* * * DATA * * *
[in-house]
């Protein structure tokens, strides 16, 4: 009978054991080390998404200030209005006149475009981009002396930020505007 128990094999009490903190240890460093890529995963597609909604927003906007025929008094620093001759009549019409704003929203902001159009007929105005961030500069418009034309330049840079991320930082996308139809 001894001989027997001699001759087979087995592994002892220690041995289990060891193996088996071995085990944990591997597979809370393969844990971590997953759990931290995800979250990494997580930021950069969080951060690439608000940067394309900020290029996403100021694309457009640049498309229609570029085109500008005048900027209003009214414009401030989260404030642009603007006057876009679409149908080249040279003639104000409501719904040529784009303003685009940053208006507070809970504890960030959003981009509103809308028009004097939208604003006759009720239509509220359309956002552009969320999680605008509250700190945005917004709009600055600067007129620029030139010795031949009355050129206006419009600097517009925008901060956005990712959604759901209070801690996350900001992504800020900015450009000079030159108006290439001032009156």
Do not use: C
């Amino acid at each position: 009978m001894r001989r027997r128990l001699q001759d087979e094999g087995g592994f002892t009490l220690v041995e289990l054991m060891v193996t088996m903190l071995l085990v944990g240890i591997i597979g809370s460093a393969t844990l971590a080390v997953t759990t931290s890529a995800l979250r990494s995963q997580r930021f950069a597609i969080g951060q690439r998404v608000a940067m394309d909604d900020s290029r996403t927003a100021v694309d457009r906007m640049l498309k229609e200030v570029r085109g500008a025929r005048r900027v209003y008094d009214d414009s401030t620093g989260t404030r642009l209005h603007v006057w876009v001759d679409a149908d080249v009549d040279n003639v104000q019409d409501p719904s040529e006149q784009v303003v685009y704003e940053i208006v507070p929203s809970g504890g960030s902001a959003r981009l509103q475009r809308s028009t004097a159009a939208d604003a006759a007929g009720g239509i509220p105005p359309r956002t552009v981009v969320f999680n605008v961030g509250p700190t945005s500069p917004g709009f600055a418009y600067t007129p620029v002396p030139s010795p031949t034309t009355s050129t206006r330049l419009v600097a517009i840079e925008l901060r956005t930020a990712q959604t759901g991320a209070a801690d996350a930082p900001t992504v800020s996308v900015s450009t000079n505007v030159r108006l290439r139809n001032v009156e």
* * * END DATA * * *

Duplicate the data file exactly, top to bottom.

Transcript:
[in-house]
């Protein structure tokens, strides 16, 4: 009978054991080390998404200030209005006149475009981009002396930020505007 128990094999009490903190240890460093890529995963597609909604927003906007025929008094620093001759009549019409704003929203902001159009007929105005961030500069418009034309330049840079991320930082996308139809 001894001989027997001699001759087979087995592994002892220690041995289990060891193996088996071995085990944990591997597979809370393969844990971590997953759990931290995800979250990494997580930021950069969080951060690439608000940067394309900020290029996403100021694309457009640049498309229609570029085109500008005048900027209003009214414009401030989260404030642009603007006057876009679409149908080249040279003639104000409501719904040529784009303003685009940053208006507070809970504890960030959003981009509103809308028009004097939208604003006759009720239509509220359309956002552009969320999680605008509250700190945005917004709009600055600067007129620029030139010795031949009355050129206006419009600097517009925008901060956005990712959604759901209070801690996350900001992504800020900015450009000079030159108006290439001032009156």
Do not use: C
């Amino acid at each position: 009978m001894r001989r027997r128990l001699q001759d087979e094999g087995g592994f002892t009490l220690v041995e289990l054991m060891v193996t088996m903190l071995l085990v944990g240890i591997i597979g809370s460093a393969t844990l971590a080390v997953t759990t931290s890529a995800l979250r990494s995963q997580r930021f950069a597609i969080g951060q690439r998404v608000a940067m394309d909604d900020s290029r996403t927003a100021v694309d457009r906007m640049l498309k229609e200030v570029r085109g500008a025929r005048r900027v209003y008094d009214d414009s401030t620093g989260t404030r642009l209005h603007v006057w876009v001759d679409a149908d080249v009549d040279n003639v104000q019409d409501p719904s040529e006149q784009v303003v685009y704003e940053i208006v507070p929203s809970g504890g960030s902001a959003r981009l509103q475009r809308s028009t004097a159009a939208d604003a006759a007929g009720g239509i509220p105005p359309r956002t552009v981009v969320f999680n605008v961030g509250p700190t945005s500069p917004g709009f600055a418009y600067t007129p620029v002396p030139s010795p031949t034309t009355s050129t206006r330049l419009v600097a517009i840079e925008l901060r956005t930020a990712q959604t759901g991320a209070a801690d996350a930082p900001t992504v800020s996308v900015s450009t000079n505007v030159r108006l290439r139809n001032v009156e």